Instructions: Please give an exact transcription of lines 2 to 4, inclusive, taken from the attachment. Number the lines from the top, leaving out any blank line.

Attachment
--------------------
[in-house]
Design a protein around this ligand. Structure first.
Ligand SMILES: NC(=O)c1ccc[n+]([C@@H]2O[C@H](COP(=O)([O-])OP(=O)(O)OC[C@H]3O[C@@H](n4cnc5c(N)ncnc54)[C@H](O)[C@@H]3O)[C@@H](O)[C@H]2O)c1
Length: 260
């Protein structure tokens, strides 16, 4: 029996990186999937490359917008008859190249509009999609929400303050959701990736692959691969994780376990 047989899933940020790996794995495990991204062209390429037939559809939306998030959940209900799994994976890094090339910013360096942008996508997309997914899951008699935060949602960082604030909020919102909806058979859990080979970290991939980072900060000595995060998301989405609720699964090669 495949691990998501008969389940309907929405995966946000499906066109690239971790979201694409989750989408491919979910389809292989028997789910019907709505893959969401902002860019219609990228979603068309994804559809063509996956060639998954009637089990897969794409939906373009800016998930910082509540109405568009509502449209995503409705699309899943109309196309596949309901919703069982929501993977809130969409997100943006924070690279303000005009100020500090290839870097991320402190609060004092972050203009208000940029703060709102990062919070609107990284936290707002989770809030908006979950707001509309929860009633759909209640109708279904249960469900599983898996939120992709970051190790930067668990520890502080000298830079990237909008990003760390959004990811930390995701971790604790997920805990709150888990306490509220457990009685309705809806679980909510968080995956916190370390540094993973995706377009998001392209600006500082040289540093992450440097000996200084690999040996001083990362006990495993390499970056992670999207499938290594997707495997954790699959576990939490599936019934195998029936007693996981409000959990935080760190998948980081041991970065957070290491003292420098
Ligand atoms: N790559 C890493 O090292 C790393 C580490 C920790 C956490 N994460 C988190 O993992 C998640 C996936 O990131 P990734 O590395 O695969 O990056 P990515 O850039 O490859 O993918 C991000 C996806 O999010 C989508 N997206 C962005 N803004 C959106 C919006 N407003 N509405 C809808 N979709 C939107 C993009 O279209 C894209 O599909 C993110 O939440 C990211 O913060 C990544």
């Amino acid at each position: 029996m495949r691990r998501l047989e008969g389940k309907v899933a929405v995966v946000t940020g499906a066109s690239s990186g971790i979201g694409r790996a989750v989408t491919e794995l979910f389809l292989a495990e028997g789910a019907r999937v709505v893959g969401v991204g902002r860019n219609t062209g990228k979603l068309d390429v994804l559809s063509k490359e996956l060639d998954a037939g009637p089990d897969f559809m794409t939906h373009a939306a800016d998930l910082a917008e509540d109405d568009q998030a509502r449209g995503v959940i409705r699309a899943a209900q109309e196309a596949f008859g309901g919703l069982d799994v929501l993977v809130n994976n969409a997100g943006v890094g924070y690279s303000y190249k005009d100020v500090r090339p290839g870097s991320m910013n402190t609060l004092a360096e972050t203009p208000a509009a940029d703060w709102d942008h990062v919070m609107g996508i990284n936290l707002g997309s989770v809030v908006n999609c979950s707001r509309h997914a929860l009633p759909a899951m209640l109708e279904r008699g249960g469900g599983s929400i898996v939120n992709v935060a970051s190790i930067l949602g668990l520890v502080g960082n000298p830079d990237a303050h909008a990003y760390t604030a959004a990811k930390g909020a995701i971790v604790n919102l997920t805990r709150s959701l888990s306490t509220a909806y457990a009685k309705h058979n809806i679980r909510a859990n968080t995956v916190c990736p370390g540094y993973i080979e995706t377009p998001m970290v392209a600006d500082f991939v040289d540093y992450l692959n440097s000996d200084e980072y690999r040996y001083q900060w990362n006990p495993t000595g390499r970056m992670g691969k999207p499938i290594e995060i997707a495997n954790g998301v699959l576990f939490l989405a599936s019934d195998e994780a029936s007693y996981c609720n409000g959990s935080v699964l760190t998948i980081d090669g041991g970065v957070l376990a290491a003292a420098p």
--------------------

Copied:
Design a protein around this ligand. Structure first.
Ligand SMILES: NC(=O)c1ccc[n+]([C@@H]2O[C@H](COP(=O)([O-])OP(=O)(O)OC[C@H]3O[C@@H](n4cnc5c(N)ncnc54)[C@H](O)[C@@H]3O)[C@@H](O)[C@H]2O)c1
Length: 260